A group of islands in the Bay of Bothnia. The oldest islands are heavily forested, the youngest (more recently formed by continued land uplift) are sandy or swampy with scattered stones. Human impact is minor.
The most important group of islands for birds in the Bay of Bothnia. The numbers of Larus fuscus fuscus, L. marinus, Sterna caspia (50 pairs, 120 birds in spring and 250 birds in autumn) and Alca torda are probably the most significant. The area is also one of the most important staging areas for moulting Anser anser (1,200 birds) in the country. Species of global conservation concern that do not meet IBA criteria: Polysticta stelleri (non-breeding), Haliaeetus albicilla (max. 3 birds, passage).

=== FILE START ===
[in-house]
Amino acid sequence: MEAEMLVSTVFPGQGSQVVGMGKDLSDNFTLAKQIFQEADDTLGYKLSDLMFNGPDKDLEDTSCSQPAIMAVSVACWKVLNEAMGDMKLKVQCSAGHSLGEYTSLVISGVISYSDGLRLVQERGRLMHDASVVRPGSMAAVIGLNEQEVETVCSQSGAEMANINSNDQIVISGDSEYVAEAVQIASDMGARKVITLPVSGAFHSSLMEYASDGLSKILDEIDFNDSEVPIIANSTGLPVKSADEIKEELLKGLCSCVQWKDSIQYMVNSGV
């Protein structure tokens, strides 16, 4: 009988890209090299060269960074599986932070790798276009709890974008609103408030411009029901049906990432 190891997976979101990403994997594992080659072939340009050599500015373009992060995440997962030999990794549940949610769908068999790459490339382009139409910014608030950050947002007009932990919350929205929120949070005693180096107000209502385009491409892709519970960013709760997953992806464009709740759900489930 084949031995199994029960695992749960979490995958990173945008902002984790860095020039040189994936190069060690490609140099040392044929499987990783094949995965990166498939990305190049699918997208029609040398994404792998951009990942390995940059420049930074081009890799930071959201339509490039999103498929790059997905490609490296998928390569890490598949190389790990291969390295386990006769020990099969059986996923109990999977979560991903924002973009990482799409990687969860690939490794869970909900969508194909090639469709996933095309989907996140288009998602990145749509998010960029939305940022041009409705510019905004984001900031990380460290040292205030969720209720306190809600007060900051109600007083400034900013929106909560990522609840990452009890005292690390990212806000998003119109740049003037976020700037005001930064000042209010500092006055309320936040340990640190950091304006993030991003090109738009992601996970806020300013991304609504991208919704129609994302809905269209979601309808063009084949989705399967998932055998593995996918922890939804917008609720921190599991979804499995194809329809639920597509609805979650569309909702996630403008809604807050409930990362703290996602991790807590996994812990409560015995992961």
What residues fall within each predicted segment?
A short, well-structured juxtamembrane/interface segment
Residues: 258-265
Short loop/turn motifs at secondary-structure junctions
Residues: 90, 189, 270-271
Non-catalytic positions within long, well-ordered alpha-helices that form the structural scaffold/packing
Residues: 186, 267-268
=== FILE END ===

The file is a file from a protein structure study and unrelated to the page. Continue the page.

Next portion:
Pressure/threats to key biodiversity
Part of the area is a candidate SAC.
National High International High4,434 ha of IBA covered by Protected Area on Private Land (Krunnit, 4,441 ha). 4,319 ha of IBA covered by Ramsar Site (Krunnit, 4,319 ha). 4,443 ha of IBA covered by Special Protection Area (Perämeren saaret).
BirdLife International (2022) Important Bird Areas factsheet: Krunnit archipelago. Downloaded from
http://www.birdlife.org on 21/01/2022.